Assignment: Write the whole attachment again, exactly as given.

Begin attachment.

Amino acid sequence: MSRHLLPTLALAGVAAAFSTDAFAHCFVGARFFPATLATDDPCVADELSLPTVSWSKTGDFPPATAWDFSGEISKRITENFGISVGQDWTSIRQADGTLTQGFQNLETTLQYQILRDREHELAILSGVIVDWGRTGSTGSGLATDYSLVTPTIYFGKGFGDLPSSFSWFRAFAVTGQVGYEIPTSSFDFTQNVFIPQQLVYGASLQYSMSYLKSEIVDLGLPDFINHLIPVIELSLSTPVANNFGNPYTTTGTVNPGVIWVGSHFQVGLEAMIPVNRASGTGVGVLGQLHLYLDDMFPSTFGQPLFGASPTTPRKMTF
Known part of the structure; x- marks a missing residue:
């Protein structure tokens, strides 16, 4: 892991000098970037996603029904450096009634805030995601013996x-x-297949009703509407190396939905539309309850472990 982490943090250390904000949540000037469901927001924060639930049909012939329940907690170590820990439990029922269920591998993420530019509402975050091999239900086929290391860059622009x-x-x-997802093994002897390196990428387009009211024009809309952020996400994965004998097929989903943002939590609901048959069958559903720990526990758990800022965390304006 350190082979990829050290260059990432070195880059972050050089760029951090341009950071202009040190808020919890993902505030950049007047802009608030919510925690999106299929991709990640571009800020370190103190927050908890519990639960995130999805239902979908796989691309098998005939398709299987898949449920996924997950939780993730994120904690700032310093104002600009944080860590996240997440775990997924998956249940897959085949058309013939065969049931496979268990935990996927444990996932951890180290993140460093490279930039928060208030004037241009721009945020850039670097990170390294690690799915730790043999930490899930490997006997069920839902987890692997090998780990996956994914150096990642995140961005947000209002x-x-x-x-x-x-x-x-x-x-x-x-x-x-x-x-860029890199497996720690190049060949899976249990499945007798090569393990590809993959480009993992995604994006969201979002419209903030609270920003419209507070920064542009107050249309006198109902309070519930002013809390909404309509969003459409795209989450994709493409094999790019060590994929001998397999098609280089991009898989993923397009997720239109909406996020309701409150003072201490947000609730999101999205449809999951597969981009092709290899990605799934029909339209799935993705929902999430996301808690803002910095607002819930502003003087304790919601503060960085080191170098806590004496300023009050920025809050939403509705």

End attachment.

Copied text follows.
Amino acid sequence: MSRHLLPTLALAGVAAAFSTDAFAHCFVGARFFPATLATDDPCVADELSLPTVSWSKTGDFPPATAWDFSGEISKRITENFGISVGQDWTSIRQADGTLTQGFQNLETTLQYQILRDREHELAILSGVIVDWGRTGSTGSGLATDYSLVTPTIYFGKGFGDLPSSFSWFRAFAVTGQVGYEIPTSSFDFTQNVFIPQQLVYGASLQYSMSYLKSEIVDLGLPDFINHLIPVIELSLSTPVANNFGNPYTTTGTVNPGVIWVGSHFQVGLEAMIPVNRASGTGVGVLGQLHLYLDDMFPSTFGQPLFGASPTTPRKMTF
Known part of the structure; x- marks a missing residue:
């Protein structure tokens, strides 16, 4: 892991000098970037996603029904450096009634805030995601013996x-x-297949009703509407190396939905539309309850472990 982490943090250390904000949540000037469901927001924060639930049909012939329940907690170590820990439990029922269920591998993420530019509402975050091999239900086929290391860059622009x-x-x-997802093994002897390196990428387009009211024009809309952020996400994965004998097929989903943002939590609901048959069958559903720990526990758990800022965390304006 350190082979990829050290260059990432070195880059972050050089760029951090341009950071202009040190808020919890993902505030950049007047802009608030919510925690999106299929991709990640571009800020370190103190927050908890519990639960995130999805239902979908796989691309098998005939398709299987898949449920996924997950939780993730994120904690700032310093104002600009944080860590996240997440775990997924998956249940897959085949058309013939065969049931496979268990935990996927444990996932951890180290993140460093490279930039928060208030004037241009721009945020850039670097990170390294690690799915730790043999930490899930490997006997069920839902987890692997090998780990996956994914150096990642995140961005947000209002x-x-x-x-x-x-x-x-x-x-x-x-x-x-x-x-860029890199497996720690190049060949899976249990499945007798090569393990590809993959480009993992995604994006969201979002419209903030609270920003419209507070920064542009107050249309006198109902309070519930002013809390909404309509969003459409795209989450994709493409094999790019060590994929001998397999098609280089991009898989993923397009997720239109909406996020309701409150003072201490947000609730999101999205449809999951597969981009092709290899990605799934029909339209799935993705929902999430996301808690803002910095607002819930502003003087304790919601503060960085080191170098806590004496300023009050920025809050939403509705």